Little Shoes Nursery Ltd

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About Little Shoes Nursery Ltd

Name Little Shoes Nursery Ltd
Ofsted Inspections
Address Cassidy Pastoral Centre, St. Marys Catholic Church, 5 Surrenden Road, Brighton, BN1 6PA
Phase Childcare on Non-Domestic Premises, Full day care
Gender Mixed
Local Authority BrightonandHove
Highlights from Latest Inspection

What is it like to attend this early years setting?

The provision is good

Throughout the nursery, children behave well and generally show a good attitude to learning.

Staff regularly remind them of the rules, which helps to promote positive behaviour. For instance, at mealtimes, children wait patiently for their food to be served. This supports children to tolerate delay.

Older children eagerly join in to help tidy up when staff ask them to. Staff extend this by encouraging children to work together. For example, they ask children to help each other to carry a plank from the assault course and put it away.

This enables children to develop an understanding of how to cooperate with ot...hers. Staff organise the learning environment to support children's physical development. For instance, babies enjoy climbing and crawling over soft-play equipment to reach a ball pit at the end.

When they have completed their circuit, they seek out staff to share in their achievement. Staff praise them, and this helps to strengthen bonds with children. Staff support children to develop an understanding of what could harm them.

For example, during a cooking activity, staff explain how to hold the grater so that they do not hurt themselves. Children show their understanding by responding appropriately to the instructions that staff give to them. This enables children to learn to use the equipment safely and promotes their awareness of how to manage risks for themselves.

What does the early years setting do well and what does it need to do better?

Leaders regularly observe staff practice. This enables them to monitor the quality of the education being provided to children. Leaders give staff effective feedback, which highlights their strengths and areas where they may need further support.

This enables leaders to identify staff training needs to enhance the quality of teaching.Children benefit from teaching that gradually builds on what they know and can do. For instance, during mealtimes, staff gently guide babies to serve their own food.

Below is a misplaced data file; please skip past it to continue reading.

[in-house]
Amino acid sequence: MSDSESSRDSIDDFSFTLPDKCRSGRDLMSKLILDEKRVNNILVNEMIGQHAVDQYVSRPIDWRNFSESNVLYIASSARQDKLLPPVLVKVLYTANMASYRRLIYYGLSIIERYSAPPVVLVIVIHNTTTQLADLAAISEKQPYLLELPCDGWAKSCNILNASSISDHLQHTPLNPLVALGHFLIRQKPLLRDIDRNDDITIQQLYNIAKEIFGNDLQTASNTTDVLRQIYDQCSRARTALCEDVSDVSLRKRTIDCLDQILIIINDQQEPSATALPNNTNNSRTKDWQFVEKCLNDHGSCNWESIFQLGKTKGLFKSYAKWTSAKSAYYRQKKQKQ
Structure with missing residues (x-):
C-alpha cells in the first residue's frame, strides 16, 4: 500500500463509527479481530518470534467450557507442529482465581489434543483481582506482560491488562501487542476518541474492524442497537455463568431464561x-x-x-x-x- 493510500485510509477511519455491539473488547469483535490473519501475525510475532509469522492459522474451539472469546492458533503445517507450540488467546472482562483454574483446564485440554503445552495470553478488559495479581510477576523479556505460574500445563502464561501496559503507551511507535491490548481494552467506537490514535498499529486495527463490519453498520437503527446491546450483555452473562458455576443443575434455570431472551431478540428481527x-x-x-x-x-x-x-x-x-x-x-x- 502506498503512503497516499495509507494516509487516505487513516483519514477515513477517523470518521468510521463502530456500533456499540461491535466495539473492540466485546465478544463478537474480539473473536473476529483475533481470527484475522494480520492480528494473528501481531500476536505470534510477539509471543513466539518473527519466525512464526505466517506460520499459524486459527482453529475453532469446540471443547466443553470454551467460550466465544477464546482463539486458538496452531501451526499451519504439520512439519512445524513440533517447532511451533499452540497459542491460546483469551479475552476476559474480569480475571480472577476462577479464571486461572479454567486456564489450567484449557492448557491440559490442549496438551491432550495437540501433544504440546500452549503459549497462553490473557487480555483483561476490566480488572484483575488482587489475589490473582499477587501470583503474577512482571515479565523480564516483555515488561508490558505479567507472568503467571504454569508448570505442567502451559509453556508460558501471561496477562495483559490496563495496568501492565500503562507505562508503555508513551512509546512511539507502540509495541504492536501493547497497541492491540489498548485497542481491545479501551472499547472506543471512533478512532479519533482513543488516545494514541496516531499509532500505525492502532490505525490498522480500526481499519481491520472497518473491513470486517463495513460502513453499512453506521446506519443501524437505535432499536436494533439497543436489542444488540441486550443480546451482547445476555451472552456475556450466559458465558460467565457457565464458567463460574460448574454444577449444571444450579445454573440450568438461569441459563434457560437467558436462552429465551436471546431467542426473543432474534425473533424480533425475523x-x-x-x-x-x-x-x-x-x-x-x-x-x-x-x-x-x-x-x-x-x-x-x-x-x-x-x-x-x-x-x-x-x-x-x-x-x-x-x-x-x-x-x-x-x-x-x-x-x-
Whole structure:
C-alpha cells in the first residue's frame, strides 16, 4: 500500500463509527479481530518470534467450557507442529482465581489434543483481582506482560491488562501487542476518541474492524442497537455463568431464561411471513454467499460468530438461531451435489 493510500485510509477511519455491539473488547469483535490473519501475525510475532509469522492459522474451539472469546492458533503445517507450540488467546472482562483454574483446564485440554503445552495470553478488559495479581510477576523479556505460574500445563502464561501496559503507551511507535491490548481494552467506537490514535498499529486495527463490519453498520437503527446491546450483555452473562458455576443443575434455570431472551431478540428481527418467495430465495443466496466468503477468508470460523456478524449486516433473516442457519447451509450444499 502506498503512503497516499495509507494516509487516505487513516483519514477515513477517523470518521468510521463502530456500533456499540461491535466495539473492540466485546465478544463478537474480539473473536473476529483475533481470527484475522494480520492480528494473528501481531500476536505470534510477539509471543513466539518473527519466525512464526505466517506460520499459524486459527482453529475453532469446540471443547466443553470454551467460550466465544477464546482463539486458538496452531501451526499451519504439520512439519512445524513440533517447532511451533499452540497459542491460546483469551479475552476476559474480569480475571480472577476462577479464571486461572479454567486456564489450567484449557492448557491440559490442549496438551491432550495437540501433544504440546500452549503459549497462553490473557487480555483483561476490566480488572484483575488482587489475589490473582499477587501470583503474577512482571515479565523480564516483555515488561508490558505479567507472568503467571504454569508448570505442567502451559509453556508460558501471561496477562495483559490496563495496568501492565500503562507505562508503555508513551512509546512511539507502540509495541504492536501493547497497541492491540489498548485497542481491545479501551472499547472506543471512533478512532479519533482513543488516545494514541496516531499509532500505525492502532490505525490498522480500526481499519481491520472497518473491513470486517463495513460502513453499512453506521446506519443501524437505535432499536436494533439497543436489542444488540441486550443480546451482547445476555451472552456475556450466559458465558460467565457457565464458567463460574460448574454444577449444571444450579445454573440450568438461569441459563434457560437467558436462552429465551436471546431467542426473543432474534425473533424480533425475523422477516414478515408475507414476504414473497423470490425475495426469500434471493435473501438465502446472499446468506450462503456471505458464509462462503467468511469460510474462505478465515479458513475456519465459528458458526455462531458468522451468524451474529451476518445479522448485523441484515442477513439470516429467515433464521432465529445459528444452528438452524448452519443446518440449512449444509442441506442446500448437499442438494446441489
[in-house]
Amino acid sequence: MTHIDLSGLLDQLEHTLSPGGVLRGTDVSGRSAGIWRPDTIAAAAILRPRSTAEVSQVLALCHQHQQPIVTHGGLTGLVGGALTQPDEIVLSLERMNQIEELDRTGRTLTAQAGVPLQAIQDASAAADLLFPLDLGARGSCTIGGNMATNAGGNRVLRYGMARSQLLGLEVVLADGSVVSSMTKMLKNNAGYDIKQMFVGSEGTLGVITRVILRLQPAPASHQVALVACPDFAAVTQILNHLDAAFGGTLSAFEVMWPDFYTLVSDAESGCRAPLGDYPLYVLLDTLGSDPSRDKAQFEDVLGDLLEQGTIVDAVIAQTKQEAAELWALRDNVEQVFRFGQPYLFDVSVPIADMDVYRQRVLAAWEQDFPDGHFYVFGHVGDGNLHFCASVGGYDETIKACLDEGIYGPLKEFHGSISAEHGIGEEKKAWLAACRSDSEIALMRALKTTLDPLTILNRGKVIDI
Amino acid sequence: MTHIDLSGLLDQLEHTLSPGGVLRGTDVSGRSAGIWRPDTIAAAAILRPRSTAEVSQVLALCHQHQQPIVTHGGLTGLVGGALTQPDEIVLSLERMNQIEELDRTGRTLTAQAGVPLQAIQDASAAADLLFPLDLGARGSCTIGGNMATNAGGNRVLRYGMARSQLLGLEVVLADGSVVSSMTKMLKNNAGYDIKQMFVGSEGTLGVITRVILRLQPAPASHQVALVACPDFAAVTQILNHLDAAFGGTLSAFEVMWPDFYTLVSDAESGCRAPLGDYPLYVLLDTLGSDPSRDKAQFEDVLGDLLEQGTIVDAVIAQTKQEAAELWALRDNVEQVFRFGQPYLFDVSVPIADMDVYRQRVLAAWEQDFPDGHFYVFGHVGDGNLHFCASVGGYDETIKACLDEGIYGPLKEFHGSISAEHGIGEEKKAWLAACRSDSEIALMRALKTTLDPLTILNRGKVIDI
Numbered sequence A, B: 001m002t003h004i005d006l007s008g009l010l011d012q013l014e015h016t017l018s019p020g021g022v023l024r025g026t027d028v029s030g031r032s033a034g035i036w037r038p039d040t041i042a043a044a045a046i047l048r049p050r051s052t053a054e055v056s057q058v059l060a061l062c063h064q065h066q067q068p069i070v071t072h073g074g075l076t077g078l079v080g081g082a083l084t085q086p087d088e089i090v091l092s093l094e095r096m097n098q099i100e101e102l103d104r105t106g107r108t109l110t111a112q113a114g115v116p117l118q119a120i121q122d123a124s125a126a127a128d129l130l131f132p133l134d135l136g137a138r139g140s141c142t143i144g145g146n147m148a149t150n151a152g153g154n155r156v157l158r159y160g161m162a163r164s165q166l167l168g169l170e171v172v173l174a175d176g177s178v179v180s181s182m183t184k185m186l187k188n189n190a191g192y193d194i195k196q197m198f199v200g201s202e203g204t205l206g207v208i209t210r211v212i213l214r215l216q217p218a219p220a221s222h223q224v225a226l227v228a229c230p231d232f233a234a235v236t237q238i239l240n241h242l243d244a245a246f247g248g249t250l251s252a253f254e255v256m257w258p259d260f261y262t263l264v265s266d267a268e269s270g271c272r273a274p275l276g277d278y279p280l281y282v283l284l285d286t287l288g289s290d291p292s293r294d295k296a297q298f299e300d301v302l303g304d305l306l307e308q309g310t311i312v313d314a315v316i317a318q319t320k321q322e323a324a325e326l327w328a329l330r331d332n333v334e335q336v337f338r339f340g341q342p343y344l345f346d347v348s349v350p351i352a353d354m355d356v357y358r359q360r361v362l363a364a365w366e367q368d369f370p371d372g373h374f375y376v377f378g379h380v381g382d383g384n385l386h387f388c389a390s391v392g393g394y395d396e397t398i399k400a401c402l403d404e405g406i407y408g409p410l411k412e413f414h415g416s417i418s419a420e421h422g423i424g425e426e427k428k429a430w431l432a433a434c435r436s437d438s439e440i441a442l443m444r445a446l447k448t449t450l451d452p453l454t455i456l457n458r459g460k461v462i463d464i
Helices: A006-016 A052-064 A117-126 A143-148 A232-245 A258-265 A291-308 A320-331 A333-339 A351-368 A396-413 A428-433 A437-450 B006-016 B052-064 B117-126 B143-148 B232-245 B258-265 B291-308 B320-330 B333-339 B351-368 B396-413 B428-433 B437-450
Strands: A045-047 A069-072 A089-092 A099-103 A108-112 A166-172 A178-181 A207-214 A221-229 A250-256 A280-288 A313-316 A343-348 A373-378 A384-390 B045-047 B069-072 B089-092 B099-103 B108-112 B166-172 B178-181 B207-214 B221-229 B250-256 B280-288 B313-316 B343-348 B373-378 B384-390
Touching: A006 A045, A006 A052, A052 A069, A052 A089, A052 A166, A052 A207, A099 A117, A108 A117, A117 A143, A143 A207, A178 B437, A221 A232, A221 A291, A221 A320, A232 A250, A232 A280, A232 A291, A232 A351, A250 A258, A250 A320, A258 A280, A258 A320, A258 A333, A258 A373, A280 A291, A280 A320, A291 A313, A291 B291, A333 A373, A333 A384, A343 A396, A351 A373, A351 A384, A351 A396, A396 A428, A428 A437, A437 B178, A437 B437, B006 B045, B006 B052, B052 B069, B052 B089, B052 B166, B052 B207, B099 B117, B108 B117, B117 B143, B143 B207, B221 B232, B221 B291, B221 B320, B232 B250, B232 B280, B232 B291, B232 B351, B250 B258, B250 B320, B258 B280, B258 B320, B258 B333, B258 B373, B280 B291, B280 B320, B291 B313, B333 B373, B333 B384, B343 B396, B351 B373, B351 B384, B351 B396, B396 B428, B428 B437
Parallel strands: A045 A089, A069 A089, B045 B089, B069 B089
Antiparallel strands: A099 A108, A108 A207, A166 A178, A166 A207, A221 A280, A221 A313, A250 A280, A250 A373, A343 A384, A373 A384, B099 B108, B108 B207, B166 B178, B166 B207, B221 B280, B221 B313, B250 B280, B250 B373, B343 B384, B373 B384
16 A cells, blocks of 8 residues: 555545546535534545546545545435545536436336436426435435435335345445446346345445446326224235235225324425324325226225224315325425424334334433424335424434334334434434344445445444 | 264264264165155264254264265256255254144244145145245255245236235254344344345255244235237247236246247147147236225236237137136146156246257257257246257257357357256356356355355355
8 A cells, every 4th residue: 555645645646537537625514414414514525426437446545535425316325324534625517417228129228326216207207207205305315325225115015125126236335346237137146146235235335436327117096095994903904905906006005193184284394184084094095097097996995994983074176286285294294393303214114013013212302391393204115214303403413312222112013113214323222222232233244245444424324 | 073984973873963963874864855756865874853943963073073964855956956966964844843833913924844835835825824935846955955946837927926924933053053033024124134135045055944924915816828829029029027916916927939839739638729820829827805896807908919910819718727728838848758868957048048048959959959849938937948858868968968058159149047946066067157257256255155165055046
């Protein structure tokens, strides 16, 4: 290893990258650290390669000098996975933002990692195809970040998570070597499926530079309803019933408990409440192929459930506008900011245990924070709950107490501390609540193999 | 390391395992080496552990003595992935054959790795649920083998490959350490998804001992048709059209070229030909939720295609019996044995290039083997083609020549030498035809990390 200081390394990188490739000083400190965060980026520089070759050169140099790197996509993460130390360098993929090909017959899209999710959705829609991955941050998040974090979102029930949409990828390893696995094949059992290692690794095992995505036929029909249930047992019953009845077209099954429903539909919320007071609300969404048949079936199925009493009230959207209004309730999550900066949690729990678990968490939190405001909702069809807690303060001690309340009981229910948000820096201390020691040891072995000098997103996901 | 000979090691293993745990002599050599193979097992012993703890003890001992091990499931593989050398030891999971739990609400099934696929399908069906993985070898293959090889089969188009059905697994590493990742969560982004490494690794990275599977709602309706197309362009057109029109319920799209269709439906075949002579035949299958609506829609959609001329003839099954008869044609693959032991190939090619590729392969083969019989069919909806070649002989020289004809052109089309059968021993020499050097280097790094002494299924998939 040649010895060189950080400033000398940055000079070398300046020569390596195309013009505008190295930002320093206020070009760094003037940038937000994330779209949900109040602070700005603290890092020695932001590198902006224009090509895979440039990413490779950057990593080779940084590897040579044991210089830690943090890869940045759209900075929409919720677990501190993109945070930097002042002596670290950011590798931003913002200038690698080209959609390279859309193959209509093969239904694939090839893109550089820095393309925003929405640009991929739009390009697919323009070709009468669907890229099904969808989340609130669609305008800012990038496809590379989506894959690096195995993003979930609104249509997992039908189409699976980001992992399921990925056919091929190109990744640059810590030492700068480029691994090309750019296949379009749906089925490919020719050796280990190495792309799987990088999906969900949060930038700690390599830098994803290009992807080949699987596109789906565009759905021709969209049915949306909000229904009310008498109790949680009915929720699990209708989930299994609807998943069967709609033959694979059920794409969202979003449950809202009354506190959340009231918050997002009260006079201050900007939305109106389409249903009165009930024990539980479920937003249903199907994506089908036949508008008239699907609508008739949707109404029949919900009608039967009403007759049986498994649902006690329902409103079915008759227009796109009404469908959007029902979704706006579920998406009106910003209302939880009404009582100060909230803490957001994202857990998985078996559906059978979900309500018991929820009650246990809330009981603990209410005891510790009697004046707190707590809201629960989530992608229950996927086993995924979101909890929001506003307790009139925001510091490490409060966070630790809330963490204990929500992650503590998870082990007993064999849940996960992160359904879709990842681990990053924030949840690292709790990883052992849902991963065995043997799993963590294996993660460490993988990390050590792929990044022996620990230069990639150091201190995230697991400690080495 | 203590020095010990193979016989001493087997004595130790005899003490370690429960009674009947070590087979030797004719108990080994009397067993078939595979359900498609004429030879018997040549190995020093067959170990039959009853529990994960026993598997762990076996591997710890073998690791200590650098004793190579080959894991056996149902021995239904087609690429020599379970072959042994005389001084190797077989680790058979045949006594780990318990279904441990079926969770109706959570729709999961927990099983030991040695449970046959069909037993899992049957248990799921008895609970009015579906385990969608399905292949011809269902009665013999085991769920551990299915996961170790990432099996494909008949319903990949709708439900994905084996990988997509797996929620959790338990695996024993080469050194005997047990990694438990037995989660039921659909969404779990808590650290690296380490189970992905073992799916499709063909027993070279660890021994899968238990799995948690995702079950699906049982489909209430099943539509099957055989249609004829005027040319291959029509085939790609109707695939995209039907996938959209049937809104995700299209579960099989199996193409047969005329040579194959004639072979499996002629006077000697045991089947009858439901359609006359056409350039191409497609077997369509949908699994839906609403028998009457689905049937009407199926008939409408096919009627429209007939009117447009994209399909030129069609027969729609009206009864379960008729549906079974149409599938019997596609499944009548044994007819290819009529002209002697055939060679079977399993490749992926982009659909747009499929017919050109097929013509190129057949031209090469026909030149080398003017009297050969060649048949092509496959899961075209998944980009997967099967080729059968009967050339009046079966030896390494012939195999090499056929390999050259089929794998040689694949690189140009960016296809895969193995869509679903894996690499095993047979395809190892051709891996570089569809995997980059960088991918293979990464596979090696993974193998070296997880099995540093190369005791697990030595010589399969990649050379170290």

Toddlers begin to manage this with some support from staff, and older children are able to do this on their own. This helps children to develop their independence skills.Staff observe children's progress to identify what they need to learn next.

For instance, when staff recognise that children need support to regulate their behaviour, they teach children about different emotions. This helps children to name how they are feeling and to understand how their behaviour may impact on others.Leaders and staff act promptly when they have concerns about children's development.

This enables them to consider how they can support children to keep up with their peers. They make referrals to the appropriate agencies in a timely manner. This ensures that children receive the support they need to promote their ongoing progress.

Staff plan activities based on children's interests. They build on these activities to support children in different areas of learning. For instance, they provide opportunities for children to explore ingredients and equipment during a cooking activity.

This promotes their understanding of the world. However, at times, children do not fully engage when staff speak only in Spanish. This means that, on occasion, staff do not ensure that activities engage children's interest and attention.

Parents speak highly of the nursery. They appreciate the multilingual ethos of the setting, which helps to promote children's awareness of other cultures. Parents say that their children are progressing well and that they are kept informed of their development.

Staff share information about what children have been learning at nursery and suggest ways they can build on this at home. This promotes children's continued development.Staff gather information from parents, such as before a child starts or at the beginning of the day.

However, on occasion, staff do not relay messages from parents to the child's key person. This means that, at times, staff are not always able to meet children's needs, such as giving children a nap when they get unsettled, as they are not fully aware of children's home routines before arriving at the nursery.Leaders have successfully woven British values into the curriculum.

For instance, children are asked to 'vote' which of their friends they would like to be the helper. This enables them to experience democracy first hand. Children are also given opportunities to make choices in their learning, which ensures that their voices are heard and responded to by staff.


The arrangements for safeguarding are effective.Staff have good safeguarding knowledge. They recognise the signs and symptoms of abuse, and they know the procedures to follow to raise concerns.

There are effective risk assessments in place to help protect children from harm. For instance, at mealtimes, children have placemats with their allergens listed. The chef checks this before allowing children to serve their own food.

This ensures that children are not given food that may cause them harm. This helps to keep children safe.

What does the setting need to do to improve?

To further improve the quality of the early years provision, the provider should: strengthen activities to ensure they target the individual needs of children more precisely and support them to fully engage in their learning nencourage more effective communication sharing between staff about children's needs for the day to enable these to be met effectively.

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